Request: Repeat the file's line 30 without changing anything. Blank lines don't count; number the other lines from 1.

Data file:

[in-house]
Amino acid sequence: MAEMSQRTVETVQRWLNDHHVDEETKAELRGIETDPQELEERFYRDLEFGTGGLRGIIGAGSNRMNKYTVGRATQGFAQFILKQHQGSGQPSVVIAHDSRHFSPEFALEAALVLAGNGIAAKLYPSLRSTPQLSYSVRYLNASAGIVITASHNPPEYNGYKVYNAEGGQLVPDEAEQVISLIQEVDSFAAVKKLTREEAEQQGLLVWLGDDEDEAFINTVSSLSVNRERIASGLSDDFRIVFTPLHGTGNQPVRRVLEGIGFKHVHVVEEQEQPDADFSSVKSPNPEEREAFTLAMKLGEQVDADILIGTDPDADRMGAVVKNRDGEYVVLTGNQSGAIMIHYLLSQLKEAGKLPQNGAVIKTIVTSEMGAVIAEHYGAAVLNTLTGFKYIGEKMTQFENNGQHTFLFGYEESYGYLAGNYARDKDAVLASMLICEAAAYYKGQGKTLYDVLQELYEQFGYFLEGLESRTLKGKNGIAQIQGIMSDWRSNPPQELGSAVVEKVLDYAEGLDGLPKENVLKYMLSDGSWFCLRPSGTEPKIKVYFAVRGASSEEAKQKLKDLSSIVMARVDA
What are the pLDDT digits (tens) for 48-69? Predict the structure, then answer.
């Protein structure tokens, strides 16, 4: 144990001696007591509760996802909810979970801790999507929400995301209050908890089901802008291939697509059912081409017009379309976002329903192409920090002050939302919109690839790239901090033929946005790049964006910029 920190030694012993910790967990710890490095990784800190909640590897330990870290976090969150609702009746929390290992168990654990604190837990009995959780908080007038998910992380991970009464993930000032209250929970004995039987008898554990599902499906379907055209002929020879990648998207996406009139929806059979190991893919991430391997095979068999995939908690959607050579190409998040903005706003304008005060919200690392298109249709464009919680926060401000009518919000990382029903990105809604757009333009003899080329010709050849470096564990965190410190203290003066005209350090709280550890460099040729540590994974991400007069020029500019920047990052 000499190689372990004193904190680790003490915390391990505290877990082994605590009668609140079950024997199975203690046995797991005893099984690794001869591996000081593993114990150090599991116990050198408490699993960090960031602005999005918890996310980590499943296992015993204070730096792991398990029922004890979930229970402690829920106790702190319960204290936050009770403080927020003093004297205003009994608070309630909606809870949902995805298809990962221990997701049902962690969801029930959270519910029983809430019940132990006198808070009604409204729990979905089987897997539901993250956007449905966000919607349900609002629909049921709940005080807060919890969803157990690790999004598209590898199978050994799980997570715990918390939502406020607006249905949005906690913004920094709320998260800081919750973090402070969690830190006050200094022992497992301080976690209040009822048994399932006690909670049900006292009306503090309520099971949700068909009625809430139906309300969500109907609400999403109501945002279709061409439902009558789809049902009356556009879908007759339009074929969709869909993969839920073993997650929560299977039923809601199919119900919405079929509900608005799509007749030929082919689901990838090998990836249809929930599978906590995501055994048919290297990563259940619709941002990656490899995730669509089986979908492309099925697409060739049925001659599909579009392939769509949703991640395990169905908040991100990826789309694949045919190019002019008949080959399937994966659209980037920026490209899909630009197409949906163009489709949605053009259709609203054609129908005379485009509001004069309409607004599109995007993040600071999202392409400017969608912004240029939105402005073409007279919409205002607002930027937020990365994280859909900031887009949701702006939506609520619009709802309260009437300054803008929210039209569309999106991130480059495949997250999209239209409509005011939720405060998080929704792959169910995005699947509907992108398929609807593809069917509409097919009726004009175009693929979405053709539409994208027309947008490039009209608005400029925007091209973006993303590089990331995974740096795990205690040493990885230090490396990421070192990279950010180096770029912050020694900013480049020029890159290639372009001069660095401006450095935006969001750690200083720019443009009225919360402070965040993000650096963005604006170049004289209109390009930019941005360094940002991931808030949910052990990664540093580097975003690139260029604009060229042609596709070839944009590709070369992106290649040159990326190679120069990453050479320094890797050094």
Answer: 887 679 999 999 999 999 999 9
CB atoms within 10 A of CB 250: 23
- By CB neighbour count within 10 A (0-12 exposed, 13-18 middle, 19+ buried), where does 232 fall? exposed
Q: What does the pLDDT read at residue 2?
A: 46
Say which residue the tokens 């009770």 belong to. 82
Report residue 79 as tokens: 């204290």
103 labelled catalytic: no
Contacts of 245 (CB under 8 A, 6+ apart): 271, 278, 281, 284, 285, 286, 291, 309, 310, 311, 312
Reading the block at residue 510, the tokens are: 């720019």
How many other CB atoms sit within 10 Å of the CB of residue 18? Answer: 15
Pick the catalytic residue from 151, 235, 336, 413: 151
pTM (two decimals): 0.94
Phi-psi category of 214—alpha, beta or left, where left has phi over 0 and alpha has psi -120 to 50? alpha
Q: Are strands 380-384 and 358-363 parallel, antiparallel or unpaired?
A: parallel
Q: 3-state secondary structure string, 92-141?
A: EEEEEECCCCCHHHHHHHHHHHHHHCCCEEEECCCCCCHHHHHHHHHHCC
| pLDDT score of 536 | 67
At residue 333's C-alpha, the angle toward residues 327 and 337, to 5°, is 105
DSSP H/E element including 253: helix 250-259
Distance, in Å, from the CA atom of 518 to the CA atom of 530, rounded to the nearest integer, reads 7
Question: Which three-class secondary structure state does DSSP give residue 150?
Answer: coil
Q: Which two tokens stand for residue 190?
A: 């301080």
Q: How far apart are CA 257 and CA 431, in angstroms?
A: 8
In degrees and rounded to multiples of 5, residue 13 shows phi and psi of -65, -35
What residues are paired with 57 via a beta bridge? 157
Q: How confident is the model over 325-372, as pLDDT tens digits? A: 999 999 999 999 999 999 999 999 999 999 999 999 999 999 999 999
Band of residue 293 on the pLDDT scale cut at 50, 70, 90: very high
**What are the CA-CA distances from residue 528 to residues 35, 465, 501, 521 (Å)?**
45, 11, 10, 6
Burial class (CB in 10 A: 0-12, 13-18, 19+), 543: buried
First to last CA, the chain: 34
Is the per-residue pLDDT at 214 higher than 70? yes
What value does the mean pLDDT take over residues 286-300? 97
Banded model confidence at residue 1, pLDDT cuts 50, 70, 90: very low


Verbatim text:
A: 């301080």